An Indirect Legitimacy Argument for a Directly Elected European Parliament

Chris Lord argues in this article 'An Indirect Legitimacy Argument for a Directly Elected European Parliament' that a directly elected European Parliament could help national democracies meet their own obligations to their own demoi to secure conditions of democratic self-government. 

Abstract

Can a directly elected European Parliament help deliver standards by which the European Union can be indirectly legitimated through its component national democracies? This article argues that the Union can be indirectly legitimate where it helps member state democracies meet their own obligations to their own publics. The Union can do just that by managing externalities in ways needed to secure core values of justice, democracy and freedom from arbitrary domination within member states. Yet that poses a predicament: for if any one member state has an interest in imposing negative externalities or in freeriding on positive externalities provided by another, then so may its voters and democratic institutions. The article argues a directly elected European Parliament can help manage that predicament both by identifying externalities and by ensuring their regulation meets standards of public control, political equality and justification owed to individual national democracies.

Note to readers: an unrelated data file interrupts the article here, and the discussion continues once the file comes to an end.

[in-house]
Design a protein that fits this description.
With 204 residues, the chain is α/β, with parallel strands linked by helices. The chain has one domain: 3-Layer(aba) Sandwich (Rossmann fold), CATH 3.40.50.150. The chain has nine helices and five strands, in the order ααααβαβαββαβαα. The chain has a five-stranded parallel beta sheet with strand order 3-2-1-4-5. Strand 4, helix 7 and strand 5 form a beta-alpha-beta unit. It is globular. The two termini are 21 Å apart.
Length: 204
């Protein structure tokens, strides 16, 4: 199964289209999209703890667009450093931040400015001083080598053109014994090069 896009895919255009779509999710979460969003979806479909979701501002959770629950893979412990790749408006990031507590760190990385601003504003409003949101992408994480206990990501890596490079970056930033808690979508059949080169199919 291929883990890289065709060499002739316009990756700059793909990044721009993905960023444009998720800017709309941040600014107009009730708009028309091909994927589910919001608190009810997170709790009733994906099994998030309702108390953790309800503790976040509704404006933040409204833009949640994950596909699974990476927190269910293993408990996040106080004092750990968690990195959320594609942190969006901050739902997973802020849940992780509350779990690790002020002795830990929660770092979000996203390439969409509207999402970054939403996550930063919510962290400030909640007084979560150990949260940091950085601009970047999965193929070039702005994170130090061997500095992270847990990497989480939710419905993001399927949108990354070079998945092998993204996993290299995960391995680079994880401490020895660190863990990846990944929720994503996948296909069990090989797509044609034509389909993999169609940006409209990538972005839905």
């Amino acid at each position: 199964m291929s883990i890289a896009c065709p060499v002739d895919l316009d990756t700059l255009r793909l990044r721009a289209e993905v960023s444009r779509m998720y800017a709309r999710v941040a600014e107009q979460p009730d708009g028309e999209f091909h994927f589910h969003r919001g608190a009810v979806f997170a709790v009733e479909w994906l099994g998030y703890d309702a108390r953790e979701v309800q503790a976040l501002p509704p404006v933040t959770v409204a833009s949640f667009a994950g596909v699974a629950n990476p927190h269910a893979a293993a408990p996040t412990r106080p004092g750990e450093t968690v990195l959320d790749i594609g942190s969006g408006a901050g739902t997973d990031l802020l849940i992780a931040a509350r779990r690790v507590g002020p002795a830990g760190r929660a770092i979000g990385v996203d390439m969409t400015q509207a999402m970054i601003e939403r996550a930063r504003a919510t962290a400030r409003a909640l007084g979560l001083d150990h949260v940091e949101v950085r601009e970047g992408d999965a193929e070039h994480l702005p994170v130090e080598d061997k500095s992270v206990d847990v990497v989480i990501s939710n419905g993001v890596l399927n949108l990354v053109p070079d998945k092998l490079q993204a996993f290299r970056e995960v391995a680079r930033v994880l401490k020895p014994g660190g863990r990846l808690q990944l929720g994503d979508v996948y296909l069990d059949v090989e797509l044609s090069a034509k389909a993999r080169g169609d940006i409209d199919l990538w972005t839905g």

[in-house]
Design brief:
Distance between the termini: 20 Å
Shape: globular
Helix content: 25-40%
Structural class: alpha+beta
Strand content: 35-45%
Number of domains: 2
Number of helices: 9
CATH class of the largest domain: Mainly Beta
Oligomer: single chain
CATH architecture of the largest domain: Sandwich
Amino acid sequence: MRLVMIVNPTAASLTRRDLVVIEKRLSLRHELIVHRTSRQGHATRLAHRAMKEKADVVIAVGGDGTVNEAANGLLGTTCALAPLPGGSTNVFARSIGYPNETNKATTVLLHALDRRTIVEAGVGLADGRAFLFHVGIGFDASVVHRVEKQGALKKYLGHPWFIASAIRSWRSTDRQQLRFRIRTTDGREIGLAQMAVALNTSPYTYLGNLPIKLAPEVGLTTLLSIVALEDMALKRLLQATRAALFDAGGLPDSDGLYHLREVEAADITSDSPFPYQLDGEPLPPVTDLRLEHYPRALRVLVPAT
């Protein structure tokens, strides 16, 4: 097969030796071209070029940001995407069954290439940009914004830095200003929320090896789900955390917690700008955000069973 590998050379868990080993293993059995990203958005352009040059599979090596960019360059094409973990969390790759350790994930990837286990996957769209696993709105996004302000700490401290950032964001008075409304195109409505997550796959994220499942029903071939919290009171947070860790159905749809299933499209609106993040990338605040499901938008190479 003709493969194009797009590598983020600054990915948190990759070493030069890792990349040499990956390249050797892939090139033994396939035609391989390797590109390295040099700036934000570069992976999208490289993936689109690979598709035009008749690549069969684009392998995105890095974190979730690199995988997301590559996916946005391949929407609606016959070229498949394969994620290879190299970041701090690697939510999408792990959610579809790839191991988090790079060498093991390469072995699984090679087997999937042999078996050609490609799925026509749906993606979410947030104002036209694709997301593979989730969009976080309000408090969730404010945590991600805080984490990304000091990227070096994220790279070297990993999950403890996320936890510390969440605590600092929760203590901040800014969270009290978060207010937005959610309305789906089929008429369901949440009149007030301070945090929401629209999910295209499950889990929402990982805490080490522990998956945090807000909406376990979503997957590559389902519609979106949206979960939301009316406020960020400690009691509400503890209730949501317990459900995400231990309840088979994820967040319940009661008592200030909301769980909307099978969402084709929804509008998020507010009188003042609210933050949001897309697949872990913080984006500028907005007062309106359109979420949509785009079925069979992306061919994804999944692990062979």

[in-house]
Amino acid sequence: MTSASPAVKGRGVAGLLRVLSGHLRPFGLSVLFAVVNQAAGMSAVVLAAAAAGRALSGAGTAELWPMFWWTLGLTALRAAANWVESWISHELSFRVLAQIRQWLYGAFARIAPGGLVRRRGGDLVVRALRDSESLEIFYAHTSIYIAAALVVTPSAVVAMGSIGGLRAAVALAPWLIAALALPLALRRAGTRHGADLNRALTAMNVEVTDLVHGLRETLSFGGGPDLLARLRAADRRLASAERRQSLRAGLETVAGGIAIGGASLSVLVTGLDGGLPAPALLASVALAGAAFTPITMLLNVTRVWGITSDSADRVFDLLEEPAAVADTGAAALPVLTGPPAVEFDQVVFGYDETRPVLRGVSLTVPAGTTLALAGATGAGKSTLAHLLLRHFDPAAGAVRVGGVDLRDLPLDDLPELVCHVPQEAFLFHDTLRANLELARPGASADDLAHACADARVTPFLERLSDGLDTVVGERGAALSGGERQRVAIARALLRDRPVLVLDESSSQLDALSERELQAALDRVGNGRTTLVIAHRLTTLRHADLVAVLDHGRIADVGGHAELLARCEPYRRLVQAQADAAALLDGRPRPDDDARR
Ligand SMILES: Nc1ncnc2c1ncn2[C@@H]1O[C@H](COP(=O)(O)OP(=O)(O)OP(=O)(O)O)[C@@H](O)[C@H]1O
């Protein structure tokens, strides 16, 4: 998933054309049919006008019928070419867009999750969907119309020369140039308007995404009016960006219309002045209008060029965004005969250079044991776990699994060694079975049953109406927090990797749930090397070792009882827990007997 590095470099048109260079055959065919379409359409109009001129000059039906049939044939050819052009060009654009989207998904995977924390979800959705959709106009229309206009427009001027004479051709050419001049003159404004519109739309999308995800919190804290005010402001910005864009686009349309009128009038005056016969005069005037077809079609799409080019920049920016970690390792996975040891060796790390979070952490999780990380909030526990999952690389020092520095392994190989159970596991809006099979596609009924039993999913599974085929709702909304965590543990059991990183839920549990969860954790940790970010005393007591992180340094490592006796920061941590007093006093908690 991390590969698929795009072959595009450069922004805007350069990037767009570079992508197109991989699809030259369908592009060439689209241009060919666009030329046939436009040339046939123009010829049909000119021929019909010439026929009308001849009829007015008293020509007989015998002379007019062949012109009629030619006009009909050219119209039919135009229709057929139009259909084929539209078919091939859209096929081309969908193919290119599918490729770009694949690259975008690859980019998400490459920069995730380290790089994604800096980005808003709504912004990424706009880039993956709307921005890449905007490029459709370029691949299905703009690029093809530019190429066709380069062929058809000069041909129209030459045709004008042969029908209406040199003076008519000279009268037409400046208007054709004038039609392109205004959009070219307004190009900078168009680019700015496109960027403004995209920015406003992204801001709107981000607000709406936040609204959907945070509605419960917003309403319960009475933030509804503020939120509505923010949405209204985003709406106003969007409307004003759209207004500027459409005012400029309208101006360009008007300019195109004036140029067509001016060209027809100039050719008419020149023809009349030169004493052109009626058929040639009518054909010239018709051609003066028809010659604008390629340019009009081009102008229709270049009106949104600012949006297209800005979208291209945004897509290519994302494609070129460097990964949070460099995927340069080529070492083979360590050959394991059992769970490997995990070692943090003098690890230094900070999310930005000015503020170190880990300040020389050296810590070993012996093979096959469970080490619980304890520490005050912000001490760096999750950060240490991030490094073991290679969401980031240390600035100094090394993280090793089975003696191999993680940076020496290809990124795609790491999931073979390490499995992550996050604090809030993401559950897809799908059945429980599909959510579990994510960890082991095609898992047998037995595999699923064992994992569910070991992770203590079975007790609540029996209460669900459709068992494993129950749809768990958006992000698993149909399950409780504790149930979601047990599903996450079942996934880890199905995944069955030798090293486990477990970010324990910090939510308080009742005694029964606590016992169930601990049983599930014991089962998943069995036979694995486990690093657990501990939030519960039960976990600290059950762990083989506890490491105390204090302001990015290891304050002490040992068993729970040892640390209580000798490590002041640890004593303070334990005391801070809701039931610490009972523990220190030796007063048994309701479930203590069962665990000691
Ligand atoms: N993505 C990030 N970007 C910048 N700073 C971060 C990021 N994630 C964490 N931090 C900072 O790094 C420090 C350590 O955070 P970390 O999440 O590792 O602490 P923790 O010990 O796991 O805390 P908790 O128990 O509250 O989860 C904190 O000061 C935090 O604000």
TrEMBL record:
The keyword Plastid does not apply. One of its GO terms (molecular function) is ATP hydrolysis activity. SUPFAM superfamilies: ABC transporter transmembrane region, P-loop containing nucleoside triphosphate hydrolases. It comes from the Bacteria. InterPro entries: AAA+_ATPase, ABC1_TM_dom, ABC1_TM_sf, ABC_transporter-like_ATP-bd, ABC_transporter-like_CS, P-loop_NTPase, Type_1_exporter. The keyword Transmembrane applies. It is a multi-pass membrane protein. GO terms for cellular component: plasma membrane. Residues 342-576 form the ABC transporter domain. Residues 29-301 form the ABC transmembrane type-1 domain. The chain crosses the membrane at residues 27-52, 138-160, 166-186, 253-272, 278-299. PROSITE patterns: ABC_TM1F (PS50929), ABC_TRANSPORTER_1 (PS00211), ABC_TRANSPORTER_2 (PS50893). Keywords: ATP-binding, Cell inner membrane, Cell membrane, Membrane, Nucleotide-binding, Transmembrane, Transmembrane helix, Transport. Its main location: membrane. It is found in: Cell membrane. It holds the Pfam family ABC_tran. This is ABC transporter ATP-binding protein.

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Christopher Lord
An Indirect Legitimacy Argument for a Directly Elected European Parliament

European Journal of Political Research, online, 2017
DOI: 10.1111/1475-6765.12204

Open Access (link)

Published Mar. 15, 2017 10:28 AM - Last modified June 7, 2017 11:42 AM